It's been almost two weeks, I can't believe I haven't found the time to blog about Norah Jones' fantastic concert last March 12. I'm blaming work, hehe.
But since today's the first of a four-day weekend, surely I could squeeze some minutes to write about the Norah Jones' totally fabulous Manila concert.
So, here goes. To better recall the concert, I'm listening right now to the tape that I recorded during the show. Uh-huh, I managed to sneak in a tape recorder! Haha! So now, I'm listening to the concert again. Trying to relive that nice experience, even if only through a Maxell tape, a casette recorder, and headphones.
So the concert. It was wonderful. Norah and the superb Handsome band performed around 20 songs, nicely filling my tape's 90 minute capacity to the brim (the last song was actually cut halfway).
She started with Turn me On. And the audience was turned on. After the audience's screamin and clappin, she thanked the crowd by saying, "Salamat" (in a Filipino accent), which made the audience clap and scream some more. Then she said, "Hope I said it right."
Haha! She also laughed at that.
She followed with Those Sweet Words. I noticed the drummer used a percussion box-drum for this song. He looked a bit awkward stooped so low tapping his box near its bottom. But that's just my observation and it doesn't matter. What matters is the band sounded great. They even added a touch of mandolin (or whatever that small guitar is called) for a fine folk effect. Nice.
Nightingale was next, and the guitar man (Adam Levy?) did a great job making his guitar cry on this one.
After this song, a guy from the audience yelled, "Turn me on!" Norah made sure she heard him right (replying "What did you say?"). But the man screamed again, requesting, "Turn Me On!"
But Turn Me On was the first song, so she replied, "Turn me on? We already played it. (laughs) I already turned you on!" She then added, "You musta hit traffic on the way. (laughs) Sorry."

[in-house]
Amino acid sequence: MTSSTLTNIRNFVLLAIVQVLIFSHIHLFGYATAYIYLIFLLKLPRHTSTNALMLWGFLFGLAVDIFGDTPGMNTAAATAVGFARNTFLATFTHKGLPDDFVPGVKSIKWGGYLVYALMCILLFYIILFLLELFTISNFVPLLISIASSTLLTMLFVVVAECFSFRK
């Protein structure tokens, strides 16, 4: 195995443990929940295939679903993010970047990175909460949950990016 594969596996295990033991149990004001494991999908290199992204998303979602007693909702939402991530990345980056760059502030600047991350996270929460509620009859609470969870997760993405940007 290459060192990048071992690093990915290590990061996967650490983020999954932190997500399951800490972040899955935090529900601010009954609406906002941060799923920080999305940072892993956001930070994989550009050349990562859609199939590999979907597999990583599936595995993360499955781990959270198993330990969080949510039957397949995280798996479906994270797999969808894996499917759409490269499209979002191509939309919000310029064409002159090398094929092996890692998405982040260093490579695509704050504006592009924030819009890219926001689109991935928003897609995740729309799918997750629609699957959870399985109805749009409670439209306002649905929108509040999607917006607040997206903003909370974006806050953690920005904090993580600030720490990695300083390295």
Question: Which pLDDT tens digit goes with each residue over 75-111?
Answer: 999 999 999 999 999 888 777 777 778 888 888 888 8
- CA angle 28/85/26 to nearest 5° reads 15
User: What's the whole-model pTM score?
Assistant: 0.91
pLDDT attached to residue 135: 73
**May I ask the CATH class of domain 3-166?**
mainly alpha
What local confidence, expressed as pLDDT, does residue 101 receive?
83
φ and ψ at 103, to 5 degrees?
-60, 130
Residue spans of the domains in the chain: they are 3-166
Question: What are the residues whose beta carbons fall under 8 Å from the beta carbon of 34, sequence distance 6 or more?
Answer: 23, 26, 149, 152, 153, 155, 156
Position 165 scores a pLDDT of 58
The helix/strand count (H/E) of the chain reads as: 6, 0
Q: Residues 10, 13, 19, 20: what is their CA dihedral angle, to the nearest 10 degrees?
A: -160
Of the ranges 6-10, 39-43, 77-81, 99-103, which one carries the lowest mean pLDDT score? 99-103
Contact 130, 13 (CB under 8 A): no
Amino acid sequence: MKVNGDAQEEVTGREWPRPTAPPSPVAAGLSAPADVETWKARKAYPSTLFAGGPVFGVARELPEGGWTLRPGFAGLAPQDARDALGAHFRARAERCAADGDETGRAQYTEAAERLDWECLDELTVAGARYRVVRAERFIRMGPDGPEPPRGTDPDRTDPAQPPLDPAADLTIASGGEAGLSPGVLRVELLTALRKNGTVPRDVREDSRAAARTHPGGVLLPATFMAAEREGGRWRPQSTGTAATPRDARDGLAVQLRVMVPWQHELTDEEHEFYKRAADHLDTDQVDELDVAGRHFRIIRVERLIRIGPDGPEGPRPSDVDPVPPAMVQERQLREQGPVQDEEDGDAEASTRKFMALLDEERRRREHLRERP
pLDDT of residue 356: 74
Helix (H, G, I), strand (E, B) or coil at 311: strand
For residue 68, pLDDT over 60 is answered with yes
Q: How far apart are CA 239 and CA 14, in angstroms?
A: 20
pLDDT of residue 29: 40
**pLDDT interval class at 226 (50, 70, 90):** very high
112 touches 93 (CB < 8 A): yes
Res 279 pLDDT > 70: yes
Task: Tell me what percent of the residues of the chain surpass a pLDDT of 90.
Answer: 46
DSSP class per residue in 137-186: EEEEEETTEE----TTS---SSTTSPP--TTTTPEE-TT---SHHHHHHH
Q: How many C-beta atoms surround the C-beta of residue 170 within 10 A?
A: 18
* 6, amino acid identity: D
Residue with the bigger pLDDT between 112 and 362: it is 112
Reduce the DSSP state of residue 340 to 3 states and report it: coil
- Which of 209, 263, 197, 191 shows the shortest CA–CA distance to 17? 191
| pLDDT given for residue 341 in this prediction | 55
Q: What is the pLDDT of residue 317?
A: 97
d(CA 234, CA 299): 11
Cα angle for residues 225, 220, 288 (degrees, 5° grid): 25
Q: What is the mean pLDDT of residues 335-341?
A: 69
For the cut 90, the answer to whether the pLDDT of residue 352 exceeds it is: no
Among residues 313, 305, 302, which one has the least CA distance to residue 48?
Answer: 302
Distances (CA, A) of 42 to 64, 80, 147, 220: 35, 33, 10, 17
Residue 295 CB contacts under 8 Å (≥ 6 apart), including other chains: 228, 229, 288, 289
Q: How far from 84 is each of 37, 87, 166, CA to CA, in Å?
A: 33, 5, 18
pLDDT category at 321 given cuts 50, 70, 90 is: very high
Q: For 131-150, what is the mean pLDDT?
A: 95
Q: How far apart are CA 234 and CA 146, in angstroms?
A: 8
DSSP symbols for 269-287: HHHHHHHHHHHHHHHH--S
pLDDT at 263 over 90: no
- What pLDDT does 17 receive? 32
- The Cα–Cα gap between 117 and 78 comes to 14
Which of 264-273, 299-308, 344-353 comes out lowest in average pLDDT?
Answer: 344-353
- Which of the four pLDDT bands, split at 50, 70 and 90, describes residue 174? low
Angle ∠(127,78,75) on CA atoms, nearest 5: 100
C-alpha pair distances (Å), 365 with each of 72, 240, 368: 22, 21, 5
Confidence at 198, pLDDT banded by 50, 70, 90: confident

And then at this point a guy from far back in the audience cried out, "I love you Noraah!"
The audience cheered, and the band starts the music for the next song. But the guy from far back wasn't finished yet, and screamed again, this time hoarser (probably from having his throat already damaged from shouting from the far end of Araneta Coliseum).
Loved Norah's reply. She said, "Don't hurt yourself, man," (and got me laughing--haha!) and then she proceeded with the first line of her next song--one of my faves!--What Am I To You.
The Painter Song--with a great mandolin solo--was next. Then it was I've Got To See You Again with a delightfully different flavor. It was more playful and almost danceable, with an extended piano intro and Andy Borger providing playful drums to Adam Levy's ripping guitar riffs.
Next she played a Gram Parsons cover entitled She. It had a melancholy ring to it, but it was really nice. I didn't know how the song originally sounded but this one had Norah written all over it. As American Idol's Paula used to say, she owned it.
After taking the seat behind the electric keyboard and introducing that the next song was written by Adam Levy, she went on to In the Morning, which gave me a happy surprise. The drummer Andy Borger went crazy! With his playful and passionate improvisation, he really shined on this one. The audience loved it too. With a shower of applause and cheers, they were quick to acknowledge his brilliant drumming.
Then Norah moved again to the grand piano (as part of what Moti and I called her choreography for the night, i.e. moving between her two keyboards! Well, later, she'll prove us wrong.) Anyway, before starting her next song, she remarked about the big projector screens beside the stage. "Can't stop looking at that. It's creeping me out."